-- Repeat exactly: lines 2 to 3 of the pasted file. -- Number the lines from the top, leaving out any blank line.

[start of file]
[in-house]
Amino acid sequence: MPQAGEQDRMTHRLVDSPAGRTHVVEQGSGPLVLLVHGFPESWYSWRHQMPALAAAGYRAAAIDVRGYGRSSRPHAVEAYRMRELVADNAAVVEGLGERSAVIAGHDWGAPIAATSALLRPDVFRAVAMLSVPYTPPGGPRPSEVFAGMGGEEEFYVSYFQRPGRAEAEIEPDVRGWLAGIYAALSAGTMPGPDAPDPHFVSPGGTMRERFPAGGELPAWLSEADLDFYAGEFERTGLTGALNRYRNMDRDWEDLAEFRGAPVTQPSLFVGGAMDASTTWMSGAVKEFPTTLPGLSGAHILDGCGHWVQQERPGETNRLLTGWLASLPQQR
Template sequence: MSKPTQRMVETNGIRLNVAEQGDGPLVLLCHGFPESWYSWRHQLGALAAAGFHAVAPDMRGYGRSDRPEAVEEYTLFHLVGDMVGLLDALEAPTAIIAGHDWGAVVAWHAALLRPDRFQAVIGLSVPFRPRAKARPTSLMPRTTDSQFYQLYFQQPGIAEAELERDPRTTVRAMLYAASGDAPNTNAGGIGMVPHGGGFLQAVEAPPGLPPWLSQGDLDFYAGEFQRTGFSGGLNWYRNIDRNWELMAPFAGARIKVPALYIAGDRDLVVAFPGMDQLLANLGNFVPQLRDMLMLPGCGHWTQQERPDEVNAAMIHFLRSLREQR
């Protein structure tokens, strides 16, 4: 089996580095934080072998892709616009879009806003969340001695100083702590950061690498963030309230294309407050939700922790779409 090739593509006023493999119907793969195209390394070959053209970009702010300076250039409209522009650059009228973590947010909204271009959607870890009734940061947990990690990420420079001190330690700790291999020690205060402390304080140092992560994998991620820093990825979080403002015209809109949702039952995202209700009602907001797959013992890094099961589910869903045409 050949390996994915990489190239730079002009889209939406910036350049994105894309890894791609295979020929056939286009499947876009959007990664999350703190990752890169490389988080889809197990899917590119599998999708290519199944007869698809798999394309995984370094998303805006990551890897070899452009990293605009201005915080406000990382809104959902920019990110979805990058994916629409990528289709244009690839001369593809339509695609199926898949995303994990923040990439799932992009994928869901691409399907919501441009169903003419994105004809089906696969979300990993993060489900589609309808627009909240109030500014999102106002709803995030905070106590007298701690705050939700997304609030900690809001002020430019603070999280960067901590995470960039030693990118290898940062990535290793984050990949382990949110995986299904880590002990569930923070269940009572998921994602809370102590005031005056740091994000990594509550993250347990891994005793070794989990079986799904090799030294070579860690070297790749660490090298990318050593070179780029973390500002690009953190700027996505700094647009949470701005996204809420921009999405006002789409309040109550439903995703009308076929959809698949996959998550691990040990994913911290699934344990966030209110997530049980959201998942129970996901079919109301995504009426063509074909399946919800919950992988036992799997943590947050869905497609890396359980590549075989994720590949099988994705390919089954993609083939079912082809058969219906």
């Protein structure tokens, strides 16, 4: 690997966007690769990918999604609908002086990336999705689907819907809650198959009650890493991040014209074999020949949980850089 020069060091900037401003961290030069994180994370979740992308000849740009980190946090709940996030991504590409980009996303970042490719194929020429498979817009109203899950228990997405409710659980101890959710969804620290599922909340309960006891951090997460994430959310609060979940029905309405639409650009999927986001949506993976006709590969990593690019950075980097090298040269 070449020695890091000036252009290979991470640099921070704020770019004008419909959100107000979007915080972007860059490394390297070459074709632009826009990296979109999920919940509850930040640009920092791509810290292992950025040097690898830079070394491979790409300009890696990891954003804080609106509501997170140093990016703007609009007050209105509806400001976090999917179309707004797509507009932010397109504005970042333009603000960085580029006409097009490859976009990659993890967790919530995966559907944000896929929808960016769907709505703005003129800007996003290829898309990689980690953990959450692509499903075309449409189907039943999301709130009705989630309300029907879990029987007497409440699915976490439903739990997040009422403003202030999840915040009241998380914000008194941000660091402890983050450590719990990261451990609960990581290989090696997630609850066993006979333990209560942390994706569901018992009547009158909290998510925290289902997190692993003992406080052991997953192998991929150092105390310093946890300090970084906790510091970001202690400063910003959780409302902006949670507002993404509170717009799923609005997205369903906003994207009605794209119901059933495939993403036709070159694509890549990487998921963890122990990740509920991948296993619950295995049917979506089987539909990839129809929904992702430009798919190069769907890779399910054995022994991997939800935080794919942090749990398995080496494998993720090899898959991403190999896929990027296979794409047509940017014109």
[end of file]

Amino acid sequence: MPQAGEQDRMTHRLVDSPAGRTHVVEQGSGPLVLLVHGFPESWYSWRHQMPALAAAGYRAAAIDVRGYGRSSRPHAVEAYRMRELVADNAAVVEGLGERSAVIAGHDWGAPIAATSALLRPDVFRAVAMLSVPYTPPGGPRPSEVFAGMGGEEEFYVSYFQRPGRAEAEIEPDVRGWLAGIYAALSAGTMPGPDAPDPHFVSPGGTMRERFPAGGELPAWLSEADLDFYAGEFERTGLTGALNRYRNMDRDWEDLAEFRGAPVTQPSLFVGGAMDASTTWMSGAVKEFPTTLPGLSGAHILDGCGHWVQQERPGETNRLLTGWLASLPQQR
Template sequence: MSKPTQRMVETNGIRLNVAEQGDGPLVLLCHGFPESWYSWRHQLGALAAAGFHAVAPDMRGYGRSDRPEAVEEYTLFHLVGDMVGLLDALEAPTAIIAGHDWGAVVAWHAALLRPDRFQAVIGLSVPFRPRAKARPTSLMPRTTDSQFYQLYFQQPGIAEAELERDPRTTVRAMLYAASGDAPNTNAGGIGMVPHGGGFLQAVEAPPGLPPWLSQGDLDFYAGEFQRTGFSGGLNWYRNIDRNWELMAPFAGARIKVPALYIAGDRDLVVAFPGMDQLLANLGNFVPQLRDMLMLPGCGHWTQQERPDEVNAAMIHFLRSLREQR